Open Access in JAH
- Given the continued growth in the number of persons with cancer in the United States, the primary prevention of cancer remains an urgent public health priority. As the field of cancer prevention continues to mature and scientific knowledge evolves, it is imperative to challenge the status quo and embrace new approaches to cancer prevention. In this commentary, we summarize recent trends and some of the scientific advances that have been made over the past few decades regarding the complex process of cancer development and the interaction of individual and social risk factors.
- Adolescent risk-taking may have long-term consequences for adult cancer risk. Behaviors such as smoking and sexual activity, commonly initiated during adolescence, may result—decades later—in cancer. Life course epidemiology focuses on unique vulnerabilities at specific development periods and their importance to later development of disease. A life course epidemiological perspective that integrates social and biological risk processes can help frame our understanding how specific adult cancers develop.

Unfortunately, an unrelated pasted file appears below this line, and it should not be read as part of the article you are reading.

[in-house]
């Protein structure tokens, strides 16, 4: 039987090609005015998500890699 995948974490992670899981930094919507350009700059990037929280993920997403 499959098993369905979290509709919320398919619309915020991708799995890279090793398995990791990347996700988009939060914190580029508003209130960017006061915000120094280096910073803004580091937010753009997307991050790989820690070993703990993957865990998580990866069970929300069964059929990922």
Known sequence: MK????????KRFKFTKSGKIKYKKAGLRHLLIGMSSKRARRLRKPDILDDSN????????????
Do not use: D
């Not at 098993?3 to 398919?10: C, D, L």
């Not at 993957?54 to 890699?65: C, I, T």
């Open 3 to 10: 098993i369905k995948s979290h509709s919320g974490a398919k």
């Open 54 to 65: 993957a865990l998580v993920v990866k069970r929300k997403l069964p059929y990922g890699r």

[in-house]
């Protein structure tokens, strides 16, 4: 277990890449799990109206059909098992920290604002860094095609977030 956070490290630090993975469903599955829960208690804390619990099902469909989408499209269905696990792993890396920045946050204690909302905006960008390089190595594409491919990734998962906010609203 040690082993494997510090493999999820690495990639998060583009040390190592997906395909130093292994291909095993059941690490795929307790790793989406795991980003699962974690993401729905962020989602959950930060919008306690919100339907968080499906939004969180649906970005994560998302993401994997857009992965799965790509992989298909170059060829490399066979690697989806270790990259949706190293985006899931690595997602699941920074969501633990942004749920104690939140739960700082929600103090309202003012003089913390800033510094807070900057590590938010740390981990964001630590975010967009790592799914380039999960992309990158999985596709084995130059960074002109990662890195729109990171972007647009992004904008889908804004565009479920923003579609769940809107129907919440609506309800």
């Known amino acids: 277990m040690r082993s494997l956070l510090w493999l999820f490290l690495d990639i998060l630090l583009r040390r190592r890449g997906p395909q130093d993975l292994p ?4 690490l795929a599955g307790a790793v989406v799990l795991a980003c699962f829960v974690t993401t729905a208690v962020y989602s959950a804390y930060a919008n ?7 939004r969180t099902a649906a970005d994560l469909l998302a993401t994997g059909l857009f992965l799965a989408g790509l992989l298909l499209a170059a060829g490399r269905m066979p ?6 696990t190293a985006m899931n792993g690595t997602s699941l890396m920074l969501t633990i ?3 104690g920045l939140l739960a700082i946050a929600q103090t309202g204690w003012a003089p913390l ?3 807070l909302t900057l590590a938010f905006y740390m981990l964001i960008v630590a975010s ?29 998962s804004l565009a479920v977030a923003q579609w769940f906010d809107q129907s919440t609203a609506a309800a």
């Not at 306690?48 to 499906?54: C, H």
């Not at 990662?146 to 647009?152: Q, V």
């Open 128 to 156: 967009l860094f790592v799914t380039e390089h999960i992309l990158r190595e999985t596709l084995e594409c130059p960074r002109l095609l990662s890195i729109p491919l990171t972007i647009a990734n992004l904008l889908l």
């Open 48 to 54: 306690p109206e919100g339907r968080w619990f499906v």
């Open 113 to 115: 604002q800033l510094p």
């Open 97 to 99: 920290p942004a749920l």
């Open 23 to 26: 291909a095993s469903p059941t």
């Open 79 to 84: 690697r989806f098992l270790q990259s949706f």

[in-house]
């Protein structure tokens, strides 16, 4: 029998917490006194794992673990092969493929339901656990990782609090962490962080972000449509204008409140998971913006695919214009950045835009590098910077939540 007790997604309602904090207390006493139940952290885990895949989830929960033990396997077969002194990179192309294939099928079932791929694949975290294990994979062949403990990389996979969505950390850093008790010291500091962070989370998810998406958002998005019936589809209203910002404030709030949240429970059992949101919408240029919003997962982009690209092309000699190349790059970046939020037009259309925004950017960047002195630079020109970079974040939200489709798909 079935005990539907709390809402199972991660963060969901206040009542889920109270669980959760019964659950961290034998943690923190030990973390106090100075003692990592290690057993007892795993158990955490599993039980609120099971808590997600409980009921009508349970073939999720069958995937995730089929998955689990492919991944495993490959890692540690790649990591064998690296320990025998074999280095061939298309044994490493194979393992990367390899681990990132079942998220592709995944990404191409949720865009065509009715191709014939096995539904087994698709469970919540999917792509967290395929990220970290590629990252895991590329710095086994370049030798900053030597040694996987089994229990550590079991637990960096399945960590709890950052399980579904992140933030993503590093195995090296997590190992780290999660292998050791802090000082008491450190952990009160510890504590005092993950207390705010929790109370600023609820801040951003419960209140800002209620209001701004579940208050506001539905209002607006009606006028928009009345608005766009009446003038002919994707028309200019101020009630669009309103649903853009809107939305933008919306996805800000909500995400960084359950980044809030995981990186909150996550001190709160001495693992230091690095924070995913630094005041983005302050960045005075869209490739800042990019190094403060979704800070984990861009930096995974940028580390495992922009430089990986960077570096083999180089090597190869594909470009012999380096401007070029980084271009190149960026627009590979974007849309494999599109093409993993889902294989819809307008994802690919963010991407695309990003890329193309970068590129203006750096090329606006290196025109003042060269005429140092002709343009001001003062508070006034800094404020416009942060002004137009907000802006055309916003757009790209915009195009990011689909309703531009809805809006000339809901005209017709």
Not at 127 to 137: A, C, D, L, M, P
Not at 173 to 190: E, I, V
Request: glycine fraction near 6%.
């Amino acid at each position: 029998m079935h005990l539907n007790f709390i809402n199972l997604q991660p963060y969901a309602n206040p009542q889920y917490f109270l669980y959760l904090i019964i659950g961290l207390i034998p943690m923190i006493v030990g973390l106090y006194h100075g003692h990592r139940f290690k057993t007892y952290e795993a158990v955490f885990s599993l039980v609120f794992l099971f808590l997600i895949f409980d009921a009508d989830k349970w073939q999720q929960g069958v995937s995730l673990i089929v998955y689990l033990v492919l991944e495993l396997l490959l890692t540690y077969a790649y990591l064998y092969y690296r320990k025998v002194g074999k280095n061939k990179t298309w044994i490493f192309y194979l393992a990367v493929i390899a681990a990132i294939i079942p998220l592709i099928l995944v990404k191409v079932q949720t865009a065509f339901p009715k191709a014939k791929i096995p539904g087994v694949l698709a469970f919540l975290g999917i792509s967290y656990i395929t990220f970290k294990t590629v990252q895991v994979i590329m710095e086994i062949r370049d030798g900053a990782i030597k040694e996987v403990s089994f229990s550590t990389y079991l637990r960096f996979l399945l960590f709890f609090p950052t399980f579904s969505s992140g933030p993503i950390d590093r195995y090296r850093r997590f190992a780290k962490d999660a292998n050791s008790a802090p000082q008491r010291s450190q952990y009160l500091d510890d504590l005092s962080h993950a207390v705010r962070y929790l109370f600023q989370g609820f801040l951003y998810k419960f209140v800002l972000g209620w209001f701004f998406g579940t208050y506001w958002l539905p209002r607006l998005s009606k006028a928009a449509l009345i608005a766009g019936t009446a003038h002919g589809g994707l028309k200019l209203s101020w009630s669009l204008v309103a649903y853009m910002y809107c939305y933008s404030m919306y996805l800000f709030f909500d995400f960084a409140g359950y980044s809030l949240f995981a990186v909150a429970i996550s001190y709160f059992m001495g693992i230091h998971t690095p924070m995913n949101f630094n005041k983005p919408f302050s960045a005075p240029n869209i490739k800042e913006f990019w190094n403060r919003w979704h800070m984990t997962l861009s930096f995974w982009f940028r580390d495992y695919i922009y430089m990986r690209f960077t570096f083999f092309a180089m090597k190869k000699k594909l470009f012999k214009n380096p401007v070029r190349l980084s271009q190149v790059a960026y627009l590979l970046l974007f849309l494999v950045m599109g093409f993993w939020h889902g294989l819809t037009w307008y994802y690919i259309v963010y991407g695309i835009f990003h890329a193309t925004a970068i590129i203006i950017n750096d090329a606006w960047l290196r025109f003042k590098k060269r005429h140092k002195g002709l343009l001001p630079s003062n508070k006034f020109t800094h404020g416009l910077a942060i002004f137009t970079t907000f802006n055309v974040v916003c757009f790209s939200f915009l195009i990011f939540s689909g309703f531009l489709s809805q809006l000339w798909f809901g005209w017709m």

- In an effort to explore opportunities for cancer prevention during preadolescence and adolescence, the Cancer Prevention Across the Lifespan workgroup within the Division of Cancer Prevention and Control at the Centers for Disease Control and Prevention (CDC) convened an informal panel of experts for a 2-day workshop August 9–10, 2011. In this report, we provide highlights from the workshop. A central theme of the workshop was that preadolescence and adolescence are times of unique susceptibility and vulnerability within the lifespan.
- Health, in its purest sense, is not the primary mission of the nation's K–12 schools, so why should schools feel obligated to address cancer education? The nation's educators are under tremendous pressure to prepare students to pass tests in English language arts and mathematics. As a result, health education and physical education are often assigned third-class status in many of the nation's schools, despite numerous studies supporting the connection between health and academic achievement. Is there a place for cancer prevention education in today's K–12 schools? This commentary explores existing structures that affect cancer prevention education and offers suggestions to improve K–12 health education initiatives.
- We conducted a descriptive study of the correlates of refusal and acceptance of human papillomavirus (HPV) vaccination by rural parents of preadolescent and adolescent children. We hypothesized that the correlates of parents who allow their children aged 9 to 13 years to get the HPV vaccine and those of parents who do not allow vaccination would differ significantly.